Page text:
Getting On The Right Financial Track After Graduation

Chris McKern By | On May 20, 2015

Do you know anyone graduating this year? With the economy and the employment market on the upswing, many graduates have high hopes of starting their careers with a promising first job. Yet, if it’s not managed carefully, student loan debt can put a damper on grads’ dreams. According to the Project on Student Debt, an initiative sponsored by the Institute for College Access & Success, graduating seniors carried an average of more than $26,000 in student loans in 2011.

With that in mind, we’ve compiled some ideas that you can share with new graduates to help them take control of student loan debt, as well as their day-to-day finances.

Controlling student loan debt

  • Know your loan repayment options. For federal loans, either guaranteed or made directly by the federal government, you may be able to reduce your payments by choosing a different repayment plan.
    • With a graduated plan, your payments start low and then gradually increase, usually every two years. This plan may work best if you expect your income to increase rapidly.
    • With an extended plan, you can stretch your payments over a period of up to 25 years, but you must have an outstanding loan balance greater than $30,000. Also, your overall costs may be higher because of the increased interest.
    • With an income-based plan, your payments fluctuate each year based on annual income, household size, and loan balance. This type of plan may be a good choice if you expect your income to be low or unstable.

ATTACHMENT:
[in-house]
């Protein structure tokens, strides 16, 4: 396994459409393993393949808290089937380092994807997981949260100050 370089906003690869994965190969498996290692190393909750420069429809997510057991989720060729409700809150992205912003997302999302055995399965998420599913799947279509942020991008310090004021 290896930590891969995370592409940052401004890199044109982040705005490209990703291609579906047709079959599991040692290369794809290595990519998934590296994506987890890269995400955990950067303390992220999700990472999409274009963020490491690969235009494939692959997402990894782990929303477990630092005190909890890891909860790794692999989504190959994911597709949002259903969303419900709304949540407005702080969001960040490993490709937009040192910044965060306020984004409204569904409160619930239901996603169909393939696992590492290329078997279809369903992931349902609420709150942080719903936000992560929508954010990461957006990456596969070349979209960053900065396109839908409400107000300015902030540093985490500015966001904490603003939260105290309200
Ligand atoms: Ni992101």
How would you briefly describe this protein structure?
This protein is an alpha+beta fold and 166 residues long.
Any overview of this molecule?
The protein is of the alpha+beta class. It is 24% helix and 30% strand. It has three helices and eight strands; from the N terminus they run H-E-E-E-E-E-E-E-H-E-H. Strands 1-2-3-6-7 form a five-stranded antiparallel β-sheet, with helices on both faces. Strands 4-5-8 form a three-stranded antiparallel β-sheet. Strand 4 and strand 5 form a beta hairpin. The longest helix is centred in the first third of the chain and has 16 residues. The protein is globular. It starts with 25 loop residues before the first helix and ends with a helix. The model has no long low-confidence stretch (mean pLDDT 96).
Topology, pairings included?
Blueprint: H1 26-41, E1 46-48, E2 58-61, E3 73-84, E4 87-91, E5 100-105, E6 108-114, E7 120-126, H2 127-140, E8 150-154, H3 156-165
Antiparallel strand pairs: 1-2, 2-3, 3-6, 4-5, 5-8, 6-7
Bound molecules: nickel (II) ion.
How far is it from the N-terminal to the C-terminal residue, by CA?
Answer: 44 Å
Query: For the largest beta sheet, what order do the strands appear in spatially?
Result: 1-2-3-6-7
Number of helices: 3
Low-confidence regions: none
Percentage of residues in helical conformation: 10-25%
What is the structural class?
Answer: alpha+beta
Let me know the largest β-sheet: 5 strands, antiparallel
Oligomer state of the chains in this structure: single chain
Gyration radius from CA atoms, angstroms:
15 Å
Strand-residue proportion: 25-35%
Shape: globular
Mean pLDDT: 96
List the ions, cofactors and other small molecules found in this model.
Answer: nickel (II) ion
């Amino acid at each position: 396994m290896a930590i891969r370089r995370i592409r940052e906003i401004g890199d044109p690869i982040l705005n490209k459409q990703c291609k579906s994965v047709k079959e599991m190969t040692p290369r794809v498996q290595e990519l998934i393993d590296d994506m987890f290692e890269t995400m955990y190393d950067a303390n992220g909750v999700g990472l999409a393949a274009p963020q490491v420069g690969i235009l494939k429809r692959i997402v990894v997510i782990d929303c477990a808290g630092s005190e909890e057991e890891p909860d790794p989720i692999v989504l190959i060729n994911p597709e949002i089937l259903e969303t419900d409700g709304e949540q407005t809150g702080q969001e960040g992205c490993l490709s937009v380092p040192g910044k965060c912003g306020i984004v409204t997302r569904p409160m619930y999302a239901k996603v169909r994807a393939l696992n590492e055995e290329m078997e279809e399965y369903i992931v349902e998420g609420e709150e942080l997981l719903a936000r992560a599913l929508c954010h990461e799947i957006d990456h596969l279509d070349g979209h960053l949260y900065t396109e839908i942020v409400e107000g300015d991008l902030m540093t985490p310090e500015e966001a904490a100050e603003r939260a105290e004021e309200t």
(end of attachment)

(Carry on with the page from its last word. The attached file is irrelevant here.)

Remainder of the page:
• Look into a loan consolidation program. These programs help simplify the repayment process by combining multiple student loans into one, possibly at a lower or fixed interest rate. Coupled with a discount for automatic payments, consolidating your loans may dramatically reduce your monthly payments. To learn more, visit www.studentaid.gov and click on Repay Your Loans > Loan Consolidation.
  • Consider public service. If you spend 10 years in a field dedicated to public service (including the Peace Corps and AmeriCorps) and make 120 full, scheduled monthly payments on time, your outstanding loan balance may be eligible to be forgiven; for more details, go to www.studentaid.gov and click on Repay Your Loans > Forgiveness, Cancellation, and Discharge. In addition, Perkins loan balances can be reduced by 70 percent for two years of Peace Corps service and 100 percent for military service.
  • Stay on top of payments. Missing loan payments doesn’t just hurt your credit. To collect on student loans, the government can confiscate your tax refund and even some of your wages (up to 15 percent of your disposable income). Unlike with other debts, there’s no time limit for the government and private lenders to sue you in order to collect student loans.

 

Keeping day-to-day finances in check